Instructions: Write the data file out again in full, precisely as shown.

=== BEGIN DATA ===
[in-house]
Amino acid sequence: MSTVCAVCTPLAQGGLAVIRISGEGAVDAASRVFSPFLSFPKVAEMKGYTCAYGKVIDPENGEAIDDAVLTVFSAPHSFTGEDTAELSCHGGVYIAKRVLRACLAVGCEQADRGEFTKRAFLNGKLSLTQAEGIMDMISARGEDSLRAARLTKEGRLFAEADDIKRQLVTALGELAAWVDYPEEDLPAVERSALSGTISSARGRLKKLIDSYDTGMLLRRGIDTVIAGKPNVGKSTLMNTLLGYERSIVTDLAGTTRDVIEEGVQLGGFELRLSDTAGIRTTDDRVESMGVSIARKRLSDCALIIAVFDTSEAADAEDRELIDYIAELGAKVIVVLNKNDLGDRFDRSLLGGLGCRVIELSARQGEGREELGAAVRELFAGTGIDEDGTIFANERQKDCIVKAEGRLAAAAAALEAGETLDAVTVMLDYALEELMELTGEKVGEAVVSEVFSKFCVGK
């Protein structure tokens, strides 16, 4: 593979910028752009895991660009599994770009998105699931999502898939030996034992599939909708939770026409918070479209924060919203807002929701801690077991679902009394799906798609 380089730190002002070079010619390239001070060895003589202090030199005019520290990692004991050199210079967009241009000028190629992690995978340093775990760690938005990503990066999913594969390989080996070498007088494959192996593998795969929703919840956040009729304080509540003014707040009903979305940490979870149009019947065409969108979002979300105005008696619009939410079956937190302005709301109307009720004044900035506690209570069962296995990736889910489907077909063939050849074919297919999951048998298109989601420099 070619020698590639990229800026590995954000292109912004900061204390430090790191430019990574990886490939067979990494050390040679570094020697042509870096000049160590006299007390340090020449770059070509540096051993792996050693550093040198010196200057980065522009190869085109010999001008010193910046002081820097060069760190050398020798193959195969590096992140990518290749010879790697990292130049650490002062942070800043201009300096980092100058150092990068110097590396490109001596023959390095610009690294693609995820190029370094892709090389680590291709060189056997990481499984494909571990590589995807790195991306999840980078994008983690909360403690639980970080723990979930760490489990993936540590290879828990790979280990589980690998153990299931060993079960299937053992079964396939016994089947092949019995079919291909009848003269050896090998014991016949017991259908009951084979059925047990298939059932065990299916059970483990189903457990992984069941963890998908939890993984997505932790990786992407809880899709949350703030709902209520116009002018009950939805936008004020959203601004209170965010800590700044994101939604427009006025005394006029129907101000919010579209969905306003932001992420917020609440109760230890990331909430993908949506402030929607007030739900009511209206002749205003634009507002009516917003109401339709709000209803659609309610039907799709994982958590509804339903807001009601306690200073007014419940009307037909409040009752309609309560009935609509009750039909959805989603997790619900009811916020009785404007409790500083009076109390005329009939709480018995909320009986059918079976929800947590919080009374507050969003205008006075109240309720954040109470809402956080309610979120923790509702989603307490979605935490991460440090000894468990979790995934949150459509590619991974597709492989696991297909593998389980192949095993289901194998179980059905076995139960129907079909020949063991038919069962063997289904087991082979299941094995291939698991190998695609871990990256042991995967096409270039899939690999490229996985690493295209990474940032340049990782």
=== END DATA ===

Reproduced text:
[in-house]
Amino acid sequence: MSTVCAVCTPLAQGGLAVIRISGEGAVDAASRVFSPFLSFPKVAEMKGYTCAYGKVIDPENGEAIDDAVLTVFSAPHSFTGEDTAELSCHGGVYIAKRVLRACLAVGCEQADRGEFTKRAFLNGKLSLTQAEGIMDMISARGEDSLRAARLTKEGRLFAEADDIKRQLVTALGELAAWVDYPEEDLPAVERSALSGTISSARGRLKKLIDSYDTGMLLRRGIDTVIAGKPNVGKSTLMNTLLGYERSIVTDLAGTTRDVIEEGVQLGGFELRLSDTAGIRTTDDRVESMGVSIARKRLSDCALIIAVFDTSEAADAEDRELIDYIAELGAKVIVVLNKNDLGDRFDRSLLGGLGCRVIELSARQGEGREELGAAVRELFAGTGIDEDGTIFANERQKDCIVKAEGRLAAAAAALEAGETLDAVTVMLDYALEELMELTGEKVGEAVVSEVFSKFCVGK
């Protein structure tokens, strides 16, 4: 593979910028752009895991660009599994770009998105699931999502898939030996034992599939909708939770026409918070479209924060919203807002929701801690077991679902009394799906798609 380089730190002002070079010619390239001070060895003589202090030199005019520290990692004991050199210079967009241009000028190629992690995978340093775990760690938005990503990066999913594969390989080996070498007088494959192996593998795969929703919840956040009729304080509540003014707040009903979305940490979870149009019947065409969108979002979300105005008696619009939410079956937190302005709301109307009720004044900035506690209570069962296995990736889910489907077909063939050849074919297919999951048998298109989601420099 070619020698590639990229800026590995954000292109912004900061204390430090790191430019990574990886490939067979990494050390040679570094020697042509870096000049160590006299007390340090020449770059070509540096051993792996050693550093040198010196200057980065522009190869085109010999001008010193910046002081820097060069760190050398020798193959195969590096992140990518290749010879790697990292130049650490002062942070800043201009300096980092100058150092990068110097590396490109001596023959390095610009690294693609995820190029370094892709090389680590291709060189056997990481499984494909571990590589995807790195991306999840980078994008983690909360403690639980970080723990979930760490489990993936540590290879828990790979280990589980690998153990299931060993079960299937053992079964396939016994089947092949019995079919291909009848003269050896090998014991016949017991259908009951084979059925047990298939059932065990299916059970483990189903457990992984069941963890998908939890993984997505932790990786992407809880899709949350703030709902209520116009002018009950939805936008004020959203601004209170965010800590700044994101939604427009006025005394006029129907101000919010579209969905306003932001992420917020609440109760230890990331909430993908949506402030929607007030739900009511209206002749205003634009507002009516917003109401339709709000209803659609309610039907799709994982958590509804339903807001009601306690200073007014419940009307037909409040009752309609309560009935609509009750039909959805989603997790619900009811916020009785404007409790500083009076109390005329009939709480018995909320009986059918079976929800947590919080009374507050969003205008006075109240309720954040109470809402956080309610979120923790509702989603307490979605935490991460440090000894468990979790995934949150459509590619991974597709492989696991297909593998389980192949095993289901194998179980059905076995139960129907079909020949063991038919069962063997289904087991082979299941094995291939698991190998695609871990990256042991995967096409270039899939690999490229996985690493295209990474940032340049990782």